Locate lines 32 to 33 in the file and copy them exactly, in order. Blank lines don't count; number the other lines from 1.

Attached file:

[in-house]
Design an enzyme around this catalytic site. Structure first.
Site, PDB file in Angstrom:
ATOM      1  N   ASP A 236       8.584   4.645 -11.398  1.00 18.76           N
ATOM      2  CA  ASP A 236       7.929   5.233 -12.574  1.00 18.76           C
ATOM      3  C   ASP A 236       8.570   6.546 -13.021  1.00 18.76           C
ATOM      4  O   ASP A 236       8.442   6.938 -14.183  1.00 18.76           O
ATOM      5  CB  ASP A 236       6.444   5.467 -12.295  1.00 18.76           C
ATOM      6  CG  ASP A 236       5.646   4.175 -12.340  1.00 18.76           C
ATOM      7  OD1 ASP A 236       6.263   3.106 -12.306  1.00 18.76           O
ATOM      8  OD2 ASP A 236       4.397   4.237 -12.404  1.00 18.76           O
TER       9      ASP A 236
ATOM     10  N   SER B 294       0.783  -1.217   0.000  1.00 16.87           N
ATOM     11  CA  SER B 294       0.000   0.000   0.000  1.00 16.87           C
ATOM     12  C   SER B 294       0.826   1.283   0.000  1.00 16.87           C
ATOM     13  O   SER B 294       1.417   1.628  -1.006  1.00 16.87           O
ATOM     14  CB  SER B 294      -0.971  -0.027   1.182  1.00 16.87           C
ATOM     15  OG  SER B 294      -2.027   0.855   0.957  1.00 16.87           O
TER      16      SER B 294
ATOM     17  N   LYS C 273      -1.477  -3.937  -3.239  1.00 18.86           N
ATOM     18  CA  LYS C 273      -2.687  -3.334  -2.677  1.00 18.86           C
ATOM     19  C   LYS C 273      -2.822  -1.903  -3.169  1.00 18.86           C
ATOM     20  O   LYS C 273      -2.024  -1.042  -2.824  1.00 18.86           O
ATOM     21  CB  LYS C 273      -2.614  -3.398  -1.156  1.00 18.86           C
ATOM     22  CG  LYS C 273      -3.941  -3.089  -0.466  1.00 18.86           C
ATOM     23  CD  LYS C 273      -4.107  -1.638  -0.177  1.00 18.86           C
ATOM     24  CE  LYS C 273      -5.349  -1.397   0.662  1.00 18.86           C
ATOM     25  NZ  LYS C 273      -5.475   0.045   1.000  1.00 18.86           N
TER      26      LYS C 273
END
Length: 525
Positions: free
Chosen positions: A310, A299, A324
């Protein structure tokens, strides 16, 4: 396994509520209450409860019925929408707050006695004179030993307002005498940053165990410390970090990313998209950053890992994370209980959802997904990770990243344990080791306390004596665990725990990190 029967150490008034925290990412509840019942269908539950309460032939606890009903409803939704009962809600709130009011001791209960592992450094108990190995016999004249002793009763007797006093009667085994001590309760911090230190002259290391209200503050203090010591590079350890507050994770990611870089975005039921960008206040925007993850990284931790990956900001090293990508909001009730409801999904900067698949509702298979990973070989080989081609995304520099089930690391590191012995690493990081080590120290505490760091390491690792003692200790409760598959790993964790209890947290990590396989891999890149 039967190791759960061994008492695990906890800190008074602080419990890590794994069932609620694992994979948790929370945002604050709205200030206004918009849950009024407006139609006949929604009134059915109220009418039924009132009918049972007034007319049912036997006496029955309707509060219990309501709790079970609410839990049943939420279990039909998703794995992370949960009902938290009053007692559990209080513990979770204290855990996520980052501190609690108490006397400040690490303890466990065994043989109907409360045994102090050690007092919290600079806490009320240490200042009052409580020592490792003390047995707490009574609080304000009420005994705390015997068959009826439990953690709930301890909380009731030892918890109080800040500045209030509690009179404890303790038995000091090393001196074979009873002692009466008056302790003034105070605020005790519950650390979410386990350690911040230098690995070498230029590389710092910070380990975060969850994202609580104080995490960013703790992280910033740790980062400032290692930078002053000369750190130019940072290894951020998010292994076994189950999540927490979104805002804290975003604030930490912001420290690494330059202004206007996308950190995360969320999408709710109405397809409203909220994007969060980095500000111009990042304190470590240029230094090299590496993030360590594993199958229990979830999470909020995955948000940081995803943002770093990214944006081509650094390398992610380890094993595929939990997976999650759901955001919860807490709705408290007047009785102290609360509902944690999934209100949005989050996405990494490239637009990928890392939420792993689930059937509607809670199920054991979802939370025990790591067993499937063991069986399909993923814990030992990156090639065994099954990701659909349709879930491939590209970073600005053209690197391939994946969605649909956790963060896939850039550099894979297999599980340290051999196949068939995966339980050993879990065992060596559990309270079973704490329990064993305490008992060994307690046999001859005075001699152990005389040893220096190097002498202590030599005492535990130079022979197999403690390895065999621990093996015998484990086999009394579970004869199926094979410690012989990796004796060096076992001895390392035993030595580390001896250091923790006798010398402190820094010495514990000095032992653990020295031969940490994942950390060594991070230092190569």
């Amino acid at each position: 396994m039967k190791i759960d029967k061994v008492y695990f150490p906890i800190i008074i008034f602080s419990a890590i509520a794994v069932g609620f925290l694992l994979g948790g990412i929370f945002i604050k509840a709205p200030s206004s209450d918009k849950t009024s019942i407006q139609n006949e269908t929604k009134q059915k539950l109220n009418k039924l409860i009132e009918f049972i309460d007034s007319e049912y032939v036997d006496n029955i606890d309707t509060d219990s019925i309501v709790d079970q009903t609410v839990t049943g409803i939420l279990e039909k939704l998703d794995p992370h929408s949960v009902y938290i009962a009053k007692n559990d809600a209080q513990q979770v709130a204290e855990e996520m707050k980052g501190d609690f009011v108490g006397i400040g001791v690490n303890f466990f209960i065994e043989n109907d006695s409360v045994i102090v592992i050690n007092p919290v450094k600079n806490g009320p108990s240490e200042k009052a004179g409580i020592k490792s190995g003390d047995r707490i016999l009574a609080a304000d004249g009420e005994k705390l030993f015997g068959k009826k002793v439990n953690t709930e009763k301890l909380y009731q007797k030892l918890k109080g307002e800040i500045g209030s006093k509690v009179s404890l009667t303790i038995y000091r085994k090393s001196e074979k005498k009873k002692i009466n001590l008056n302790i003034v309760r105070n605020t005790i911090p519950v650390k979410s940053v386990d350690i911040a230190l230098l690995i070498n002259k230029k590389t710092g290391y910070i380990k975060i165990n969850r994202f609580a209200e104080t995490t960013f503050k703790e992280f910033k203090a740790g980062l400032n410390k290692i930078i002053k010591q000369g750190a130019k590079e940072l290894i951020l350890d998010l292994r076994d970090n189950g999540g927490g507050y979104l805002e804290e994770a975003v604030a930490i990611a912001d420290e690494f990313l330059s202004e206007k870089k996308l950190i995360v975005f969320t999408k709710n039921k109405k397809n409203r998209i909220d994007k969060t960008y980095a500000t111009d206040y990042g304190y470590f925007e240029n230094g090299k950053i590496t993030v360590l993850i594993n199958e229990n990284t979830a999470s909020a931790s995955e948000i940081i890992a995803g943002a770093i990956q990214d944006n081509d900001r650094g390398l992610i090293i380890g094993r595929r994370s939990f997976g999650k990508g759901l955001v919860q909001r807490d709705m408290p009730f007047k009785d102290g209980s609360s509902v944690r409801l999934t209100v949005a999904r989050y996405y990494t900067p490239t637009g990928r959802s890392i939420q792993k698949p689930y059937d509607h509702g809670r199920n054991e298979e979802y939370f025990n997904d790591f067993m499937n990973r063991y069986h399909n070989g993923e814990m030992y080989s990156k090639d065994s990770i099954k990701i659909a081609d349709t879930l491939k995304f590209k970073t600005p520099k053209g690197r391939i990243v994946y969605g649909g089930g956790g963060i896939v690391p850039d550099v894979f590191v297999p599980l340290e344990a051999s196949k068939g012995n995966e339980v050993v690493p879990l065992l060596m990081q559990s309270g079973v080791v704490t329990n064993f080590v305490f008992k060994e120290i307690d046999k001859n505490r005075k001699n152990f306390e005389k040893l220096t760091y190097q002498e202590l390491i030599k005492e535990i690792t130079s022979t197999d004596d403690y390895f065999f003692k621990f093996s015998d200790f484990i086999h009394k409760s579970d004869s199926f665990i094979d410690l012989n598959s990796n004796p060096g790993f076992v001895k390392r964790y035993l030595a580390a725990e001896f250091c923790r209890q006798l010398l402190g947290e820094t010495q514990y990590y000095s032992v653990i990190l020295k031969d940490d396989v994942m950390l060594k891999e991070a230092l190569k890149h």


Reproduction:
Positions: free
Chosen positions: A310, A299, A324